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Question DetailsAsked on 1/22/2018

should windows have J channel on outside? I had windows and siding done and it just doesn't look "finished"

When I asked my neighbors one of them said the J channel is missing around the window..... My question is: Is J channel mostly cosmetic issue ? Should I be concerned that contractor didn't install what he was supposed to (eg flashing or J channel or ????) I do have a picture but can't see how to upload the picture here.....

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3 Answers


If you go to Answer This Question (yellow button right below your question, just as if you were going to answer your own question) when you click it you have the Your Answer come up. At the far left end of the gray header bar above the text box in Your Answer, you will see a yellow icon like a mountain with a moon - click that and you can attach photos in GIF, JPG (including Mac JPEG), or PNG format.

Some sort of window termination is needed - sometimes a J channel, sometimes an integral waterstrip that lies over the ends of the siding or edge of the panel siding. Sometimes with "self-flashing" windows all the window flashing detail is under the end of the siding so all you see is the end/edge of the siding coming close to the window frame - in that case (which sounds like it may be your case) you need a window trim or brickmold around the window frame to stop water from getting in there and conceal the expansion gap on the siding - but NOT on the underside as that is where any water in the flashing will run out.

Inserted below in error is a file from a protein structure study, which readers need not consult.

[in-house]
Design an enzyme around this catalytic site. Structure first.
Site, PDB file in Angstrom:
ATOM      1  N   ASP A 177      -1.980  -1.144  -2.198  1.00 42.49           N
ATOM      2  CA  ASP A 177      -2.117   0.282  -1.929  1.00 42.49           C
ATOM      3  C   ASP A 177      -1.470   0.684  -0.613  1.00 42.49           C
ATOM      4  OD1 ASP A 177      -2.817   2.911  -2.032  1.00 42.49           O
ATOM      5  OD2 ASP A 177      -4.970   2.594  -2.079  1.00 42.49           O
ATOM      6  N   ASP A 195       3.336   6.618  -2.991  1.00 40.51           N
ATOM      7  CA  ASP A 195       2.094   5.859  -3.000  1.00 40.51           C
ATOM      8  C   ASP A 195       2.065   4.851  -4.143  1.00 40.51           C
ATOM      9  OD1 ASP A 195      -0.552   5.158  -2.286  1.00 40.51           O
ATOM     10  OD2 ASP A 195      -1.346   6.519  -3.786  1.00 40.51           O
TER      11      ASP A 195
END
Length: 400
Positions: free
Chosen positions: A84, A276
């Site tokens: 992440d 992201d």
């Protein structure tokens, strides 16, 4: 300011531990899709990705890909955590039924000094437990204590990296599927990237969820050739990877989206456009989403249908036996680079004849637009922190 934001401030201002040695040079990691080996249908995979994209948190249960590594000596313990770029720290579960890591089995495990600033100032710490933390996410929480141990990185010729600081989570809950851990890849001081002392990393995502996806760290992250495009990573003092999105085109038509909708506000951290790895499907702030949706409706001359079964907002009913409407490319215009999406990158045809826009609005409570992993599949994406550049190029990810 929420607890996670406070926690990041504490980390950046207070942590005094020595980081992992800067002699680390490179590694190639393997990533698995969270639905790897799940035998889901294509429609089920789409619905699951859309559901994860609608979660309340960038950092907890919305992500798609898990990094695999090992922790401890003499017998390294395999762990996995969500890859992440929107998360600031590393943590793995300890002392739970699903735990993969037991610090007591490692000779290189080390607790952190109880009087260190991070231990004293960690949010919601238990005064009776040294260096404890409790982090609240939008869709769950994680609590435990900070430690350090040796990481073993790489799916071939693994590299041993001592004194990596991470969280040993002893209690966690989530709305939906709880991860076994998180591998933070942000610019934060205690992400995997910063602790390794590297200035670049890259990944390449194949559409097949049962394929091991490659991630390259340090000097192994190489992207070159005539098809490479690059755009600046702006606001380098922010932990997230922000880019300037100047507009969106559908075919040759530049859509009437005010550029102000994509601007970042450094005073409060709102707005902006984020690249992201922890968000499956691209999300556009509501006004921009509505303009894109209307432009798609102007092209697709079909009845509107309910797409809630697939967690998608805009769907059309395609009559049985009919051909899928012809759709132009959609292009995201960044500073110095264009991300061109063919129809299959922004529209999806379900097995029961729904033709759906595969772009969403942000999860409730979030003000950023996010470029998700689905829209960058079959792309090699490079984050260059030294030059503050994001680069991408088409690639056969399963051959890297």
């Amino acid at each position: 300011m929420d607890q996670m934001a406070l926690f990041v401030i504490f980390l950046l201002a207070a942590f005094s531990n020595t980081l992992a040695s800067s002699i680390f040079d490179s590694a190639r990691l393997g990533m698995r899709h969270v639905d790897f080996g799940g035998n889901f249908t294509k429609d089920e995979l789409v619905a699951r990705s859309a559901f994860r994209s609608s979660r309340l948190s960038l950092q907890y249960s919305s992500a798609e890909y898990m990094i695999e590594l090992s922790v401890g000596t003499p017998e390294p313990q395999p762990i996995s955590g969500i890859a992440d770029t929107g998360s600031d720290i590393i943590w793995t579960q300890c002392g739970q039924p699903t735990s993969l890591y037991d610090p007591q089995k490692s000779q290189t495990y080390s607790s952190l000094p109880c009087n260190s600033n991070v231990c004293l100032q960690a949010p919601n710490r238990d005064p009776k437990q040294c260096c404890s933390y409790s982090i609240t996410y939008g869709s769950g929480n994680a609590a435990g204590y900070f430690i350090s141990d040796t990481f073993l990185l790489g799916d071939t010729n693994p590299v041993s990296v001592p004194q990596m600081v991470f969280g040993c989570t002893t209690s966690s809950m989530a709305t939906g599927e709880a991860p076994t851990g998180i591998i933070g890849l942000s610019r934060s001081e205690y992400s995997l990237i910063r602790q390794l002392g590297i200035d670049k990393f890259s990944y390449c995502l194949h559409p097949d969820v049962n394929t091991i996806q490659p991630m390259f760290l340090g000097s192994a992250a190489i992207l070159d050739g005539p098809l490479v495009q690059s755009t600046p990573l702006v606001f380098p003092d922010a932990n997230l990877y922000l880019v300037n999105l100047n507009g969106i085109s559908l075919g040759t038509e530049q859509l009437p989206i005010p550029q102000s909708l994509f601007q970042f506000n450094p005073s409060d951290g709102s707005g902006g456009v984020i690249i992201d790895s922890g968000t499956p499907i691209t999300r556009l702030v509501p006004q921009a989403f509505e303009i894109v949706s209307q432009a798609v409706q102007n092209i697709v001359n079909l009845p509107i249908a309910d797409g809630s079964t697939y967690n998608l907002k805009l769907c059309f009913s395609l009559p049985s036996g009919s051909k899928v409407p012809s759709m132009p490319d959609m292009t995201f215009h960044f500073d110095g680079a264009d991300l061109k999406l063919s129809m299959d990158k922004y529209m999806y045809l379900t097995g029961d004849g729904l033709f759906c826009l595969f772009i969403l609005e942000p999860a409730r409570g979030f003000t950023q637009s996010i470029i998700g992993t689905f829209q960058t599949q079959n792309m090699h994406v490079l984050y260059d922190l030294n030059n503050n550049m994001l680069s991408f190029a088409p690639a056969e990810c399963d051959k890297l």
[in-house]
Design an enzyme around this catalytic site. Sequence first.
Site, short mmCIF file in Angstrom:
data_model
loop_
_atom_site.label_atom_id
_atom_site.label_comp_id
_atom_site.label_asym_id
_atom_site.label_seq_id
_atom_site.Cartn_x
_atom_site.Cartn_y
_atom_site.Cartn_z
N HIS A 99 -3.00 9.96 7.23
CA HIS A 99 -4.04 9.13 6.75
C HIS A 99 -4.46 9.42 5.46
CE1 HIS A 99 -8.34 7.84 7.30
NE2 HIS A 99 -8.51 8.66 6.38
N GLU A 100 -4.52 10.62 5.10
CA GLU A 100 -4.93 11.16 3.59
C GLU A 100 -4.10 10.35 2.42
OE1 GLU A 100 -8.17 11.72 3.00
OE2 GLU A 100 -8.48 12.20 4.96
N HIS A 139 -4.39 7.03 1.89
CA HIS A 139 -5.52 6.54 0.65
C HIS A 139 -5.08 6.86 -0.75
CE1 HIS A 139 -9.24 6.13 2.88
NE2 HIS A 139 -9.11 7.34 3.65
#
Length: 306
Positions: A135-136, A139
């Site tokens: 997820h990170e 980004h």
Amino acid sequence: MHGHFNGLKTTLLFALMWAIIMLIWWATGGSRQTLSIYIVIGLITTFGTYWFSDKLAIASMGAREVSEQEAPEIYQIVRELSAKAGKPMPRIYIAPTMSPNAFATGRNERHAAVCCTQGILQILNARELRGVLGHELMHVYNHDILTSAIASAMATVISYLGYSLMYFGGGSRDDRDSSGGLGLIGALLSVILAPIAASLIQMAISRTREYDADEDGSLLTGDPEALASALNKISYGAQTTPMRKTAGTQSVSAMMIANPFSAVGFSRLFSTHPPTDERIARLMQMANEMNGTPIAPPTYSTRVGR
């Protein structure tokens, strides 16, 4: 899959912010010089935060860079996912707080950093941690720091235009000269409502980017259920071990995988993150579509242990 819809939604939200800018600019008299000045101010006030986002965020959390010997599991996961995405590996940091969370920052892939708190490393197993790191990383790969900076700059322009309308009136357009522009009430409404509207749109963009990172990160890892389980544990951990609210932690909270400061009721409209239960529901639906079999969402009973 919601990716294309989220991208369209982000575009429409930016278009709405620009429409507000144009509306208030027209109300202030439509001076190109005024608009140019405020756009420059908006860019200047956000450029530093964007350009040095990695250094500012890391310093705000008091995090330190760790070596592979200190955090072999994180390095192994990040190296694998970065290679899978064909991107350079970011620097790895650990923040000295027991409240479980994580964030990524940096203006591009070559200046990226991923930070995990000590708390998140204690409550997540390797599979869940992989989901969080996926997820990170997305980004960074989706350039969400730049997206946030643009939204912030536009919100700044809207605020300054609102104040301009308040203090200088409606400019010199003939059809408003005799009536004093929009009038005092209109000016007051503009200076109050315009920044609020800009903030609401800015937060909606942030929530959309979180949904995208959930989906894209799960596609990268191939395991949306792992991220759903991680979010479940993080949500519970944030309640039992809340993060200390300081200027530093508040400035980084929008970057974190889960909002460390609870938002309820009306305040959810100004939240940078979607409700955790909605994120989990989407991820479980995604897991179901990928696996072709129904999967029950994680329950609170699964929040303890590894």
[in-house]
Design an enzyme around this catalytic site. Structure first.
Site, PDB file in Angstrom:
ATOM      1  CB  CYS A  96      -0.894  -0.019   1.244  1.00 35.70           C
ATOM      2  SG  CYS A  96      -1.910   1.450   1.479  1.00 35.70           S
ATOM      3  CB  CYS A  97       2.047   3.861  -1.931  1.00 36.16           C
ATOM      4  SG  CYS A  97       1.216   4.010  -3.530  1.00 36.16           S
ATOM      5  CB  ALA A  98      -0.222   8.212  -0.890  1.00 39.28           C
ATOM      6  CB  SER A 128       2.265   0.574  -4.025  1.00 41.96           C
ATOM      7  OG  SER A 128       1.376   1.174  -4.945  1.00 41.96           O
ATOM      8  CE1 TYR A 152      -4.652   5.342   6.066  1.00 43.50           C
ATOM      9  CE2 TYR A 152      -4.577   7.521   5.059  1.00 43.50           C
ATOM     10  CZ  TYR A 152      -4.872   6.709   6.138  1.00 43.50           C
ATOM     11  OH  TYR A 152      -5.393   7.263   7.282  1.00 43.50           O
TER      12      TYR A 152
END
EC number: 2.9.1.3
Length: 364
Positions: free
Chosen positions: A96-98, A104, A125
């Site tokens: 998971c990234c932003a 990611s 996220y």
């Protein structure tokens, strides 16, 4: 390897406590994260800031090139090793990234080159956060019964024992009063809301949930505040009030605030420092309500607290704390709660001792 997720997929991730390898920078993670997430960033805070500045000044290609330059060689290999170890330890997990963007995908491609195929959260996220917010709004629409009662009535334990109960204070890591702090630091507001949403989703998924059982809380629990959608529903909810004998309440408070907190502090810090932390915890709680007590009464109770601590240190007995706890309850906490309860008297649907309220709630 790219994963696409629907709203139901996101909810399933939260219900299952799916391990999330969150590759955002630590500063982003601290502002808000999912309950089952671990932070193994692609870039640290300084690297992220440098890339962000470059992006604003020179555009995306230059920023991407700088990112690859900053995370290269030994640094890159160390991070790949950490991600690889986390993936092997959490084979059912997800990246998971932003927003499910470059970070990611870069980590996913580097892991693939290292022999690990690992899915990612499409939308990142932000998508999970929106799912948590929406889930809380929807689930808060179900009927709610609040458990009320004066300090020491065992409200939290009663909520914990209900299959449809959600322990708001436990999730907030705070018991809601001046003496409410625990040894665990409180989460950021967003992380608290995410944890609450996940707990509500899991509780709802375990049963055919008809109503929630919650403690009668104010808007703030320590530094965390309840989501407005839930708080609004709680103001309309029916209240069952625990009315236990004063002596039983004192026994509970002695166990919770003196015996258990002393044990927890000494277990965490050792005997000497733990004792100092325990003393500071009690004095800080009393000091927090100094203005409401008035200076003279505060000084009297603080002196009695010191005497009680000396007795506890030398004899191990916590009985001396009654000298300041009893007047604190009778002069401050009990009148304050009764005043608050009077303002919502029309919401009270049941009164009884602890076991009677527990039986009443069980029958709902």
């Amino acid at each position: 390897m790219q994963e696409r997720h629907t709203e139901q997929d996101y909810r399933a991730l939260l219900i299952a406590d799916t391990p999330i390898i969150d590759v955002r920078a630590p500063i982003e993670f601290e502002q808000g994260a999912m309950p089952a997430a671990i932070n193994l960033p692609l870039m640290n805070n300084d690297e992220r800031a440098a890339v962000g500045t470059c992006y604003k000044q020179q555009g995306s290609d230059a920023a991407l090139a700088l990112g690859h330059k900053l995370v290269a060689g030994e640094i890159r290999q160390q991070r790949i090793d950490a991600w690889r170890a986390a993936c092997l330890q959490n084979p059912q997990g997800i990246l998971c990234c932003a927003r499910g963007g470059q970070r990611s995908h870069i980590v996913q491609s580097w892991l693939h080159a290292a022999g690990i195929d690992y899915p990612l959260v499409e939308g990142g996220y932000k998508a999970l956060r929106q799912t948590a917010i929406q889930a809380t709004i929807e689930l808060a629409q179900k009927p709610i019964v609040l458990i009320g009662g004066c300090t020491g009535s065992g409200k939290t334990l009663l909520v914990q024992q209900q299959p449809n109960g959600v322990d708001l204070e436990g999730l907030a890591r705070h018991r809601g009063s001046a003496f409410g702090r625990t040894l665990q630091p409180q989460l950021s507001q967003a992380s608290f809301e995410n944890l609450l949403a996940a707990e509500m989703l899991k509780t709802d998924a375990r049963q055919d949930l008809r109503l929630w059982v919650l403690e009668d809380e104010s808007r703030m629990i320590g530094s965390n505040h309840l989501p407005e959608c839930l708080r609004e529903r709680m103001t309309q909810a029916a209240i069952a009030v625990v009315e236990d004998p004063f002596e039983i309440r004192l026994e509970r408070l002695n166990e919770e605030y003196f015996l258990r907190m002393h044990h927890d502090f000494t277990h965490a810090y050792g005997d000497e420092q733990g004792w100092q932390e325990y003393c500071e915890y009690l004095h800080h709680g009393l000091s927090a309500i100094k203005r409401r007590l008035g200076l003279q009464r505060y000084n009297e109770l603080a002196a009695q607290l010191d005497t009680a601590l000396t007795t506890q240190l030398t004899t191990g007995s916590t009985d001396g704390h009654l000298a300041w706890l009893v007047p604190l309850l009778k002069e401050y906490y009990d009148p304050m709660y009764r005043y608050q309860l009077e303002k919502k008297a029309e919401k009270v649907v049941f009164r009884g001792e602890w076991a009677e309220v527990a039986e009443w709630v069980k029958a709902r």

Check out the installation instructions for your window model on the manufacturer website - and also whether they did the rough opening water shield correctly. (Below are a few link to the general way it should be done - varies slightly with different window -